Water Resources Research

Flow and mixing dynamics in a patterned wetland: Kilometer-scale tracer releases in the Everglades

Authors

  • Evan A. Variano,

    1. Lamont-Doherty Earth Observatory, Earth Institute at Columbia University, Palisades, New York, USA
    2. Now at Department of Civil and Environmental Engineering, University of California, Berkeley, California, USA.
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  • David T. Ho,

    1. Lamont-Doherty Earth Observatory, Earth Institute at Columbia University, Palisades, New York, USA
    2. Now at Department of Oceanography, University of Hawai‘i at Mānoa, Honolulu, Hawaii, USA.
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  • Victor C. Engel,

    1. South Florida Natural Resources Center, Everglades National Park, Homestead, Florida, USA
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  • Paul J. Schmieder,

    1. Lamont-Doherty Earth Observatory, Earth Institute at Columbia University, Palisades, New York, USA
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  • Matthew C. Reid

    1. Lamont-Doherty Earth Observatory, Earth Institute at Columbia University, Palisades, New York, USA
    2. Now at Department of Civil and Environmental Engineering, Princeton University, Princeton, New Jersey, USA.
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Abstract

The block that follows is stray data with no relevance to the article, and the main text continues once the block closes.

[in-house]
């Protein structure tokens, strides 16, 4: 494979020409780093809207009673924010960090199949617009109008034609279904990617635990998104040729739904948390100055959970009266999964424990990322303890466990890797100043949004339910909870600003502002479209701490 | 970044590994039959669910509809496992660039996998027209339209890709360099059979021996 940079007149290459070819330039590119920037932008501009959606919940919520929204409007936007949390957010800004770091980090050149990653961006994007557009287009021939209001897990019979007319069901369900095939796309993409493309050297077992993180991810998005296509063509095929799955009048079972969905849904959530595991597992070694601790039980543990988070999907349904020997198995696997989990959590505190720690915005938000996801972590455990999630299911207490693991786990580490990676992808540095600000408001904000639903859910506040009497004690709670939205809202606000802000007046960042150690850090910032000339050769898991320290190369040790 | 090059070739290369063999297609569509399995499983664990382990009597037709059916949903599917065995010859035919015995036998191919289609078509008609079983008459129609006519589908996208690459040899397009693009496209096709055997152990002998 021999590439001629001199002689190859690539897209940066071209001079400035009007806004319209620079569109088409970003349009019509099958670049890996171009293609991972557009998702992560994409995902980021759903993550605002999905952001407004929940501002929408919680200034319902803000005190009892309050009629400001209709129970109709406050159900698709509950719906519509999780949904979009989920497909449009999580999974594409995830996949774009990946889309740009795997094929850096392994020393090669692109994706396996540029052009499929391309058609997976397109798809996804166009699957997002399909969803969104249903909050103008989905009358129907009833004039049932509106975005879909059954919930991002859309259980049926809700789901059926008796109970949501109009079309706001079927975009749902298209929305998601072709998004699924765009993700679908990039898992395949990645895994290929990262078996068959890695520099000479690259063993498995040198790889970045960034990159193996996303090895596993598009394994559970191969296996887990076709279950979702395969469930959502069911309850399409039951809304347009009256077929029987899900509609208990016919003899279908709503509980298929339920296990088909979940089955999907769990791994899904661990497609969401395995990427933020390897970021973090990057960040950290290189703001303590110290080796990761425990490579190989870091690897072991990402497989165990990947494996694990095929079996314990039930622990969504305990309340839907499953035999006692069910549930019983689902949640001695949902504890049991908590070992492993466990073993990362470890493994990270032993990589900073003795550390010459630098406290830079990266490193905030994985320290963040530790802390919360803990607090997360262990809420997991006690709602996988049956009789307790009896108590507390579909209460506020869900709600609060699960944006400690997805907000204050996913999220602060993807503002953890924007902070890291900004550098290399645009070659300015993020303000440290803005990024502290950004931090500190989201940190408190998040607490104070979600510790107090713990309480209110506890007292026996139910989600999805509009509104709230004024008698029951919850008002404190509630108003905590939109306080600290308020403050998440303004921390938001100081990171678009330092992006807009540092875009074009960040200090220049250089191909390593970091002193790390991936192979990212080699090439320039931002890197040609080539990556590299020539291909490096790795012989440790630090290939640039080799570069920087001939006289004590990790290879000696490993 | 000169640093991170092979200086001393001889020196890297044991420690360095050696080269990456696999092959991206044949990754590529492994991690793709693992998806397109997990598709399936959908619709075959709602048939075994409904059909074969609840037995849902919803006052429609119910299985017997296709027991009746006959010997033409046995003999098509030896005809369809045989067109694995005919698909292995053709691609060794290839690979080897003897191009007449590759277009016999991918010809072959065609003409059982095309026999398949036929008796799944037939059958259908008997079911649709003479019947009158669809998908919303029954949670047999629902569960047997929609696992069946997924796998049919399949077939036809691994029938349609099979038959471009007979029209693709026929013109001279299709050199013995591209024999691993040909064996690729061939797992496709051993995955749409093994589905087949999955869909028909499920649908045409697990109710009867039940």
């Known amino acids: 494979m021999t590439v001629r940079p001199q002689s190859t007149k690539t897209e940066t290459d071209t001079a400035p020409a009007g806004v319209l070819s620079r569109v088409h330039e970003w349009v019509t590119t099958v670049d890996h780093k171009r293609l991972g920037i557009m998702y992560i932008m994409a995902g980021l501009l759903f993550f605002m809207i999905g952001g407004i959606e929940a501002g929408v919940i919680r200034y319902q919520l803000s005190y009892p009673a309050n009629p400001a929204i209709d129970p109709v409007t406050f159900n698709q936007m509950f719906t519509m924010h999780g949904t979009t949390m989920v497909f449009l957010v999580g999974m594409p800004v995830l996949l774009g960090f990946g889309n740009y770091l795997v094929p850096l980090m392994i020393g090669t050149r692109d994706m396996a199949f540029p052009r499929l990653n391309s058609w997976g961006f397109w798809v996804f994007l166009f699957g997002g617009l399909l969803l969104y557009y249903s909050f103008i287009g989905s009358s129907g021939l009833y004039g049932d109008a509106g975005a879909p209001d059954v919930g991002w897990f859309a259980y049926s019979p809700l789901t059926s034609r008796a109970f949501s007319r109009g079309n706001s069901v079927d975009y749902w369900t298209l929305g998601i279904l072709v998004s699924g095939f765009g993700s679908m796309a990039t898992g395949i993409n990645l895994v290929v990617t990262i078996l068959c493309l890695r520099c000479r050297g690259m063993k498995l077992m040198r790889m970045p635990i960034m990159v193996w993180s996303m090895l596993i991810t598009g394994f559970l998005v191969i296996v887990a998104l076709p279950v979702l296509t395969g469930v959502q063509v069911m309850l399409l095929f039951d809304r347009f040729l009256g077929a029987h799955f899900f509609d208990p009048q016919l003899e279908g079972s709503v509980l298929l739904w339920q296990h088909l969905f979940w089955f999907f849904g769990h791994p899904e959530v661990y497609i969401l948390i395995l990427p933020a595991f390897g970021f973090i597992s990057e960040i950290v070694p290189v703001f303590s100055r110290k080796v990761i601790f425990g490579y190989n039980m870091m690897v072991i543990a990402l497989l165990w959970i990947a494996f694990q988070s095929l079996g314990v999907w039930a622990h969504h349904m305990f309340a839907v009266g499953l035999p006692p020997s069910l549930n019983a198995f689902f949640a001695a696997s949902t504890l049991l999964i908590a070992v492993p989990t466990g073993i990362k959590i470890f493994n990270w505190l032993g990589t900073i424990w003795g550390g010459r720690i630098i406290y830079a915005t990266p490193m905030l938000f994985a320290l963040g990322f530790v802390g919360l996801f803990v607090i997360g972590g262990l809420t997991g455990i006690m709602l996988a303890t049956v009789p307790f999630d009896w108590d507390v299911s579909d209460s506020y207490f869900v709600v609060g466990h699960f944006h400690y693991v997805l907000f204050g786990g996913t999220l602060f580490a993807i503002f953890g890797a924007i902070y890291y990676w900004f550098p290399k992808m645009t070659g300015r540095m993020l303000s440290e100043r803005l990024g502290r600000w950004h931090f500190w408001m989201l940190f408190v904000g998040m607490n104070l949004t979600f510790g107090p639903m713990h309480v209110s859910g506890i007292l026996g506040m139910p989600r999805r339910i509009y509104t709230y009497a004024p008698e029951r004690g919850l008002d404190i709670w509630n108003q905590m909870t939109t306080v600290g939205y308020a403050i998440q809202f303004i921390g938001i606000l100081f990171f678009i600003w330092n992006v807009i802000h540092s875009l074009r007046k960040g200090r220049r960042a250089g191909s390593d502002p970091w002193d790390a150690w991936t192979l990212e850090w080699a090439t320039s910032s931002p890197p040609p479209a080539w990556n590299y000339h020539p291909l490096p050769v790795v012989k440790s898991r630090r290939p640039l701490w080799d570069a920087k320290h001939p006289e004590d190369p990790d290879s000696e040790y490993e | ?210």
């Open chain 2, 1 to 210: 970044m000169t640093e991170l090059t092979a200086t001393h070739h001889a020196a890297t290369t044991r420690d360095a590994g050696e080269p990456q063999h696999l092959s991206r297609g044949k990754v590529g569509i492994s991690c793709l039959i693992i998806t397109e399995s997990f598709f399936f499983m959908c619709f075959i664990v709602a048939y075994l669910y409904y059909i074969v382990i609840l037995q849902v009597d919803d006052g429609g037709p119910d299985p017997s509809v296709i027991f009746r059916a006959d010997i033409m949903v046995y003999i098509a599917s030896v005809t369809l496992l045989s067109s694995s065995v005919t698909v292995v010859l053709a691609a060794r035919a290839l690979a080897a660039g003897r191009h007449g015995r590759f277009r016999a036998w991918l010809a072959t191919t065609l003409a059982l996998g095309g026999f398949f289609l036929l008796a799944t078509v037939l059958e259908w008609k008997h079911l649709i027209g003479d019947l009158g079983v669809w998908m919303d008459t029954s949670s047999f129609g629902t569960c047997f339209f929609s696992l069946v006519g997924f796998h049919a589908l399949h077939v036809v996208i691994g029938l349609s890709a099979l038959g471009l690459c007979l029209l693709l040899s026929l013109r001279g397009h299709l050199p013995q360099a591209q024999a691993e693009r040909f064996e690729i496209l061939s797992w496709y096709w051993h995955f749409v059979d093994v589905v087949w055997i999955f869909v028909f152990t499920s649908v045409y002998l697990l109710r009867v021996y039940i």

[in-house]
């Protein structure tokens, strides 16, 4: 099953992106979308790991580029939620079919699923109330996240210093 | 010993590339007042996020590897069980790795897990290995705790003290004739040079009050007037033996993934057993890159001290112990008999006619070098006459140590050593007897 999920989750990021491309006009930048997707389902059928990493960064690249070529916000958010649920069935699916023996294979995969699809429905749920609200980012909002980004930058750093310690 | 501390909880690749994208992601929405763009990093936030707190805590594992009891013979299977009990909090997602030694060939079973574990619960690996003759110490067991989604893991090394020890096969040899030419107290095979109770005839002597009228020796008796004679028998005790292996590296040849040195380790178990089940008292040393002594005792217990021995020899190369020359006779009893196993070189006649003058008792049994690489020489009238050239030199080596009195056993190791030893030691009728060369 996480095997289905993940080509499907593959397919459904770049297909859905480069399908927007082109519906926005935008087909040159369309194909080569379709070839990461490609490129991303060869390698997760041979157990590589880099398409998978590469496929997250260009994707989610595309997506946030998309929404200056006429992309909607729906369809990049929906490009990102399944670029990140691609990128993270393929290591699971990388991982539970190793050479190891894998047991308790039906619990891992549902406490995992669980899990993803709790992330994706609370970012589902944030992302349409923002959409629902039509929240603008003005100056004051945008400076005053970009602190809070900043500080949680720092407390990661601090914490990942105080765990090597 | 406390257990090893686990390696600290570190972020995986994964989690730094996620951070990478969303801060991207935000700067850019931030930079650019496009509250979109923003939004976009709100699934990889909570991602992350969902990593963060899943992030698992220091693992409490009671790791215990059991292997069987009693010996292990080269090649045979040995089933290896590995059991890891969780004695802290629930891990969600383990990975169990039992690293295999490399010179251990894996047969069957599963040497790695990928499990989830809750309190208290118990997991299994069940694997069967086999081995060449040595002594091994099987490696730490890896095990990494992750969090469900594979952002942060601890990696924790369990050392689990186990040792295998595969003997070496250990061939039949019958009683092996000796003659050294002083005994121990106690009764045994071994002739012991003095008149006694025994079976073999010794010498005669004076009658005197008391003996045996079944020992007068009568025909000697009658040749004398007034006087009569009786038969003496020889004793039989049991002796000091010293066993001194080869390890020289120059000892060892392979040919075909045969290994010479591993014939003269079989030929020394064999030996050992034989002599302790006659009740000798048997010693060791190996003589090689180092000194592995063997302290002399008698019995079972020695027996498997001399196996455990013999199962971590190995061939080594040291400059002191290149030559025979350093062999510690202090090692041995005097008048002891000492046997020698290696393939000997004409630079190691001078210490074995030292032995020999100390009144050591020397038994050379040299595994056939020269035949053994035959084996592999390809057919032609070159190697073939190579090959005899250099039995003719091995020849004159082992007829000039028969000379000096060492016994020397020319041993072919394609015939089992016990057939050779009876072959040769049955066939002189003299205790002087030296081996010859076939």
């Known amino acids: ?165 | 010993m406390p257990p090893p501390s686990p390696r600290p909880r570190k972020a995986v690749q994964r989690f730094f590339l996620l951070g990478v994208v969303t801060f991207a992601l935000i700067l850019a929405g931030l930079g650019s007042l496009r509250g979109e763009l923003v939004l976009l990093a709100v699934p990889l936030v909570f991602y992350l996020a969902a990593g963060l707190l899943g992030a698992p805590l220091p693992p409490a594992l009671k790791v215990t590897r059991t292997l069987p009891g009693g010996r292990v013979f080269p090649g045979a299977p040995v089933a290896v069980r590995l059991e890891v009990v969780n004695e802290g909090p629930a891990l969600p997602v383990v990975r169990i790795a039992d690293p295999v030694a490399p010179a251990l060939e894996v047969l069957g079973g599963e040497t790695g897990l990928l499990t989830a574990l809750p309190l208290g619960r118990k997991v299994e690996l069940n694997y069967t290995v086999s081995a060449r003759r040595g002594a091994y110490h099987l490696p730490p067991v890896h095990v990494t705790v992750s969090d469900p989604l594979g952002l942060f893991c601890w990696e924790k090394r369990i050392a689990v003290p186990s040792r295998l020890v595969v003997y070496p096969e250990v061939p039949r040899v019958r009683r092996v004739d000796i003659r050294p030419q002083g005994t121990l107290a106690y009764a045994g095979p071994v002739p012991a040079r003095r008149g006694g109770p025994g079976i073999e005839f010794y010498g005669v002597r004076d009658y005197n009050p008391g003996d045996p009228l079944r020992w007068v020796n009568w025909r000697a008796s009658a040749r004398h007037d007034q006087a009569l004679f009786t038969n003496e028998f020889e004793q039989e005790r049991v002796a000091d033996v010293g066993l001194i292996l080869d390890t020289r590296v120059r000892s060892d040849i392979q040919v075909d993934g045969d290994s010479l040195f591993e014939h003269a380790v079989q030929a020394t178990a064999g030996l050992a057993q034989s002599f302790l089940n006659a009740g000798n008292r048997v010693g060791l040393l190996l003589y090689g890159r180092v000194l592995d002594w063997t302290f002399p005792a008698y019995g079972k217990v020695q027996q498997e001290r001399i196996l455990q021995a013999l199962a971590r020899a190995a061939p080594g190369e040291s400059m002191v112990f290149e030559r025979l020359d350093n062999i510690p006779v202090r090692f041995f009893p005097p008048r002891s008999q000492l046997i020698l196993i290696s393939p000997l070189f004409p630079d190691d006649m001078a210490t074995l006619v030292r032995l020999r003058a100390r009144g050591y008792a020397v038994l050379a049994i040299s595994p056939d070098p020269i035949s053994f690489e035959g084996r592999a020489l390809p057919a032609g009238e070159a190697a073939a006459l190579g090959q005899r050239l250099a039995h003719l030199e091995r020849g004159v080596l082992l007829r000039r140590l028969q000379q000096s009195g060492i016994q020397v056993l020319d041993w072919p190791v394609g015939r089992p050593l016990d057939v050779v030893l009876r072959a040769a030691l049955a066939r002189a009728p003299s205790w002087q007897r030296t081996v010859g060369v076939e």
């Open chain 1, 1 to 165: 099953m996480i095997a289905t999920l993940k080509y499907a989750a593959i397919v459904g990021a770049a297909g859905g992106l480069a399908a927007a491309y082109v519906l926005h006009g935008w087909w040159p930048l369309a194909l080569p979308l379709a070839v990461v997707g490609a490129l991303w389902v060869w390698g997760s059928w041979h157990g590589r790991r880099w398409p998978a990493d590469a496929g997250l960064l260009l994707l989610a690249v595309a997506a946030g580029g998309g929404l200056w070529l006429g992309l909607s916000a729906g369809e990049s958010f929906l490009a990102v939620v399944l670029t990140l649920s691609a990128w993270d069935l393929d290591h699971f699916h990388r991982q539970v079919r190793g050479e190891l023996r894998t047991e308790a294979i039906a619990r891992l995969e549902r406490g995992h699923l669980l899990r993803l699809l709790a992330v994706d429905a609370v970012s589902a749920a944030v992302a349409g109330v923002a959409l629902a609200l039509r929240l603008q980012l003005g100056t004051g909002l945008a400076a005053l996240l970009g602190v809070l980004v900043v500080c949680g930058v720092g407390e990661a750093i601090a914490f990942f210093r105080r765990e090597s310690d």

[1] Surface water flow dynamics in the Florida Everglades were investigated using sulfur hexafluoride tracer releases, from which advection and dispersion were determined. Several sites were studied, each characterized by different vegetation patterns and proximity to hydrologic control structures. The measured flow directions suggest that basin-scale forcing from water management structures and operations can override the effects of local landscape features in guiding the flow. Management effects were particularly evident in two regions where the historic, natural landscape patterning has degraded. The large spatial scale over which tracer data were collected allows the dispersion rate to be determined at unprecedented spatial scales. These measurements showed much larger dispersion coefficients than reported by previous experiments at smaller scales. This finding and a measurement of the drag due to vegetation over large scales are of interest to Everglades water resource managers concerned with the transport of sediment and biologically active solutes such as phosphorous.

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